This book begins where Chen's extremely well-received second memoir, Colors of the Mountain, published last year, left off. Coming from the small town of Yellow Stone in the southern province of Fujian, 16-year-old Chen moves to early 1980s Beijing to study English at the university. More anecdotally driven than Colors, this book's thumbnail character studies and small moments of triumph and defeat do most of the narrative work: the amazement of the other students at Chen's deep tan from working in the fields; the serious professor who teaches the class the multiple uses of the word "fuck"; a Buddhist monk who surreptitiously loves the theater; a friend who introduces high heels, torn T-shirts and jeans to Beijing. Chen delicately weaves his own personal story of maturation into that of the slow shaking off of the Cultural Revolution; he still faces potentially serious difficulties when he uses Sidney Sheldon along with Shakespeare to teach his students English, or meets a psychoanalyst and a musician who are secretly Christian missionaries, are just two examples. But Chen states from the outset that the point of his studies was to get him to the U.S. While this book isn't as constantly engaging and thoughtful as Colors, by its end, when Chen's visa is granted, readers will already be looking forward to the next installment. (Feb. 9)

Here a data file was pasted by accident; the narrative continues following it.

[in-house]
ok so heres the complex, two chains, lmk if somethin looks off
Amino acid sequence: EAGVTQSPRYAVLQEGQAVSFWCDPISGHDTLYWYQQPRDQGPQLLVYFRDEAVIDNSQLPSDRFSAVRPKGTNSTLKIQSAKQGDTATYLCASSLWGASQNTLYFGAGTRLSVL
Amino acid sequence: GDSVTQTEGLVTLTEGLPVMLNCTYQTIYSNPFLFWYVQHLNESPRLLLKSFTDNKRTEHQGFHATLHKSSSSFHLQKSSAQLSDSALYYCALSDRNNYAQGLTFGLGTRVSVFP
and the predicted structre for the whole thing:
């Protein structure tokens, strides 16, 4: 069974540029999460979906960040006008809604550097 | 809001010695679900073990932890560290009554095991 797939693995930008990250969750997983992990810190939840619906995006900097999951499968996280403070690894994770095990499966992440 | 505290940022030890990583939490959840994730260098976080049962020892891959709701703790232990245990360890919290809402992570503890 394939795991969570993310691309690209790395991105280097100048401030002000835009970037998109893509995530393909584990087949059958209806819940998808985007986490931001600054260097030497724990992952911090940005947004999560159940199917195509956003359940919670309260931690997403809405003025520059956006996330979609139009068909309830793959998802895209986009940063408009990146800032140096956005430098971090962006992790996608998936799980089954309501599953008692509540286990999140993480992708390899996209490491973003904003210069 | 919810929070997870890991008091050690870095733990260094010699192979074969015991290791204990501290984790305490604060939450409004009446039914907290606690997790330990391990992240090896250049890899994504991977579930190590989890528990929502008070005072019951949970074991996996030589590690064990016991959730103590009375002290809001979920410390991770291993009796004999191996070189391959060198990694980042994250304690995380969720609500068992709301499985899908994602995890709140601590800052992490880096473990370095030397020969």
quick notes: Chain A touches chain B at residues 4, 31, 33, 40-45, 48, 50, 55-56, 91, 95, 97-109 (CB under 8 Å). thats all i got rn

Forecast: Colors, which followed Chen's childhood chronicle China's Son, was widely reviewed and continues to sell in paper; a seven-city tour and an NPR campaign should help all three books. Look for major reviews, some that possibly take issue with Chen's version of '80s Beijing, and bestseller numbers. The story of Chen's arrival in the U.S. at 23 "carrying just 30 dollars and a bamboo flute" (as the galley notes) and subsequent full scholarship to Columbia Law School should be the subject of Chen's next book and of the countless interviews this one should generate.